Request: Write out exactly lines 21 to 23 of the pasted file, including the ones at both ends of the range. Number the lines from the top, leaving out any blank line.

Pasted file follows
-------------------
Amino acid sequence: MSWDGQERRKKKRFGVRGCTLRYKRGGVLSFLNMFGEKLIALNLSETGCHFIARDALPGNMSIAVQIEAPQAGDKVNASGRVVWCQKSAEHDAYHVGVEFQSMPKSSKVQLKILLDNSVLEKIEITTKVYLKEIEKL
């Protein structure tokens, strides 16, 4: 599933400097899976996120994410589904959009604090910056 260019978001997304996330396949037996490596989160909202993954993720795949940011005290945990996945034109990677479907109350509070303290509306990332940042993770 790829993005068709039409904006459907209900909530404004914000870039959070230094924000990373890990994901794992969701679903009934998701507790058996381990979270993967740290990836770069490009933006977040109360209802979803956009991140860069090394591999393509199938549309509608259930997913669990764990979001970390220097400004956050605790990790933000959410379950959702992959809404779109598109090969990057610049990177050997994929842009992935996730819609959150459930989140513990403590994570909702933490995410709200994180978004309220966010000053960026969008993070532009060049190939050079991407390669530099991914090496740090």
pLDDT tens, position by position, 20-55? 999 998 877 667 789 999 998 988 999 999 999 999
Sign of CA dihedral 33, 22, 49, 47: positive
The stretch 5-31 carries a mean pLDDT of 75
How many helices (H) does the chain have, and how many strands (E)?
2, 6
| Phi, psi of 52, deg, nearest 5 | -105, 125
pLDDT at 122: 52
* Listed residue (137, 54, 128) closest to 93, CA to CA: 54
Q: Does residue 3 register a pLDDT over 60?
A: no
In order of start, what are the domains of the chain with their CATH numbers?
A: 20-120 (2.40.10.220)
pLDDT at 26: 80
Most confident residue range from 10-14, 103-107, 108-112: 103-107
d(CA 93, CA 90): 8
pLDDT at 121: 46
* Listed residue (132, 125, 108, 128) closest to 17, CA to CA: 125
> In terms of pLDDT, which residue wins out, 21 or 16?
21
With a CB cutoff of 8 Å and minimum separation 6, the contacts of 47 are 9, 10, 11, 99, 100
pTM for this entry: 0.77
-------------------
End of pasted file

21
With a CB cutoff of 8 Å and minimum separation 6, the contacts of 47 are 9, 10, 11, 99, 100
pTM for this entry: 0.77